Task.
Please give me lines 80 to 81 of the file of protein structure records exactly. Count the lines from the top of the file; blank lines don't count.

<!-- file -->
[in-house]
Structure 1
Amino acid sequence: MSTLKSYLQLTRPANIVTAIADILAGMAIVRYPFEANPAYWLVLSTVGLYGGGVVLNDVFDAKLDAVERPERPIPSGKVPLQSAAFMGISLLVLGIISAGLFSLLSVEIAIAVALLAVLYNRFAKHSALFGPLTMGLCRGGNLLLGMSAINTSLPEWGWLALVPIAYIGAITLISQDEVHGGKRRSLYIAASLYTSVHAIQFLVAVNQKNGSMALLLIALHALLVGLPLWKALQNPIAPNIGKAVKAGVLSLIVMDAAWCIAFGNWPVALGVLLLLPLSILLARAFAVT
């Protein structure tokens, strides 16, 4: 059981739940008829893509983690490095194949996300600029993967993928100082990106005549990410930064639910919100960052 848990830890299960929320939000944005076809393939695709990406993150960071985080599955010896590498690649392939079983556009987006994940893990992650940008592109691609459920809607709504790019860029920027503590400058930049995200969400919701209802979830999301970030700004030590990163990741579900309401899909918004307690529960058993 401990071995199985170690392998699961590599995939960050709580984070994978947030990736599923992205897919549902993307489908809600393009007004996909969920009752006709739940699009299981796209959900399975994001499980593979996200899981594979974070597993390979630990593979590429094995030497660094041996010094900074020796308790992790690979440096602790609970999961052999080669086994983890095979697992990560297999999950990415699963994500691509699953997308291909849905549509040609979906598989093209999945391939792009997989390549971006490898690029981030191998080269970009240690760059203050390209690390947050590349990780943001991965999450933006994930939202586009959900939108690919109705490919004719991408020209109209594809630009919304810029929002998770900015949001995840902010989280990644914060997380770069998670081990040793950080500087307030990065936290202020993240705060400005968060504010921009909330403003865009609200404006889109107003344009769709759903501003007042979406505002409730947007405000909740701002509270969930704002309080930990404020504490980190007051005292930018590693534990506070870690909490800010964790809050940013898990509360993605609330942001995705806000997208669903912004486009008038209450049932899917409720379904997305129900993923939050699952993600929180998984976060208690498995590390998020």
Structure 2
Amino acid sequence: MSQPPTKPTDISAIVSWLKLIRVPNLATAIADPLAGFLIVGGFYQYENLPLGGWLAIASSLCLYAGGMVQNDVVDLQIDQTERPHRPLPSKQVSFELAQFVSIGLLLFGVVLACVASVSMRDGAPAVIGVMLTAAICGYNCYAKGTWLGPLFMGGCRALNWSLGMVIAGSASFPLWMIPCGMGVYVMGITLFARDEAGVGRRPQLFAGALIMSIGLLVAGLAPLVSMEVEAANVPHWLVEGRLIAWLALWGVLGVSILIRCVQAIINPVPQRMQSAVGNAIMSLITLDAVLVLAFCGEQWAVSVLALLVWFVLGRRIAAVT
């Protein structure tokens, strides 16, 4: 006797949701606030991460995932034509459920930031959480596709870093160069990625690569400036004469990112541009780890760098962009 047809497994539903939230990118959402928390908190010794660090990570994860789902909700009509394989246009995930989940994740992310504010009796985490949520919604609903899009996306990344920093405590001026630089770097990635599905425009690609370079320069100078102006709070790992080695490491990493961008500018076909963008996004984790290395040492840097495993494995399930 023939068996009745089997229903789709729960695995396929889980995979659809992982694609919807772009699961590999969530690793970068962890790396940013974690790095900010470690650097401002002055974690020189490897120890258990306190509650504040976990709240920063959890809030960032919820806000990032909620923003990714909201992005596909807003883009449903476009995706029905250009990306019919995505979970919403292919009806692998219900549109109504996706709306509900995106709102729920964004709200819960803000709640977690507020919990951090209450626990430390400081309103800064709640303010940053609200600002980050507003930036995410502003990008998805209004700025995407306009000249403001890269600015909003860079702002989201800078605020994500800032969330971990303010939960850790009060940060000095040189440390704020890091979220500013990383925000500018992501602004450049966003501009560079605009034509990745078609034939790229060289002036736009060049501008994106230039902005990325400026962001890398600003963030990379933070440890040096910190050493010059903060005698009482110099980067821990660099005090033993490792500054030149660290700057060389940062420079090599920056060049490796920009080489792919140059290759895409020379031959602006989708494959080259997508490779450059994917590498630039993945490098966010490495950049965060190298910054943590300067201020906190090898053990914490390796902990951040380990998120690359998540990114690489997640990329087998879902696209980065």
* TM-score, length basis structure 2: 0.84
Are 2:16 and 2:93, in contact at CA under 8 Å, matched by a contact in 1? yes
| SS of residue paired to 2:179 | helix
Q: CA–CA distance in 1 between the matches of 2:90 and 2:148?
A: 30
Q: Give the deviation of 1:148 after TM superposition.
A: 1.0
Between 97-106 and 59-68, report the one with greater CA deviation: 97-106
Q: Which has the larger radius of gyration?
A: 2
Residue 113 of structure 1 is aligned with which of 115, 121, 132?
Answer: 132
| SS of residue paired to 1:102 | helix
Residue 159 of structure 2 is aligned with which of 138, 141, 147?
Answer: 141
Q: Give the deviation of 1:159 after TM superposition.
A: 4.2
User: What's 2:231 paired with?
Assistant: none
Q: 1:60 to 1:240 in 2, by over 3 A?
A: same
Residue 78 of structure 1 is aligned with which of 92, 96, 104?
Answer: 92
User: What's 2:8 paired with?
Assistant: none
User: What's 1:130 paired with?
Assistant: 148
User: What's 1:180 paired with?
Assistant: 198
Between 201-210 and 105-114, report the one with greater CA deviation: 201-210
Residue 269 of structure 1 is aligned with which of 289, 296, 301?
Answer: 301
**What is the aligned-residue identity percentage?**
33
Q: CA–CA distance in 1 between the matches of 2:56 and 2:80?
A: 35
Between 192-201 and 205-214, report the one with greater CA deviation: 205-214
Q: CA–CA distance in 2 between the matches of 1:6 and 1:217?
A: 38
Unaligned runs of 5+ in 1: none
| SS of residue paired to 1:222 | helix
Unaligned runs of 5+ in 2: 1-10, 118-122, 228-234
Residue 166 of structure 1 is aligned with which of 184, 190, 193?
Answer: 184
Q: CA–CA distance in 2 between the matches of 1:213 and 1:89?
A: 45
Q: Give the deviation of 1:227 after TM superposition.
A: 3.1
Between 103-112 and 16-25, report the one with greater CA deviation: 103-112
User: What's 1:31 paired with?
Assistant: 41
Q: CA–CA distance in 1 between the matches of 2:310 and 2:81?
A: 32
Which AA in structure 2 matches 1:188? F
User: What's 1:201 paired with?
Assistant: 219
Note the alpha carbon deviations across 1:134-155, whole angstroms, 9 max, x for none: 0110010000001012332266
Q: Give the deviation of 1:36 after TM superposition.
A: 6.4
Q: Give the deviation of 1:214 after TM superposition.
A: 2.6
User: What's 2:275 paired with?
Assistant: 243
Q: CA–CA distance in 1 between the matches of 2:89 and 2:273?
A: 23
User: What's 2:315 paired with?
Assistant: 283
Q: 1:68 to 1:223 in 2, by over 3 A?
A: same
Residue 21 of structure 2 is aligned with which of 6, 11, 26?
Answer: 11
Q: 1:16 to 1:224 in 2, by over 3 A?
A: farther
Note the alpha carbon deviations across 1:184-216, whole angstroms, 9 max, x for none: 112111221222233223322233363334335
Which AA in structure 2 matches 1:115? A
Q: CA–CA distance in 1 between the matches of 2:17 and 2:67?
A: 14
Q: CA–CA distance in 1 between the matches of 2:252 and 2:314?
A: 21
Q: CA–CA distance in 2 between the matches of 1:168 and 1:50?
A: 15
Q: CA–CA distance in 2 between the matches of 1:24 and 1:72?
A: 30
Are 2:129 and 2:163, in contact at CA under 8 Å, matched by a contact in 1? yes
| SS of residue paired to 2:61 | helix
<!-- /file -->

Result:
A: farther
Note the alpha carbon deviations across 1:184-216, whole angstroms, 9 max, x for none: 112111221222233223322233363334335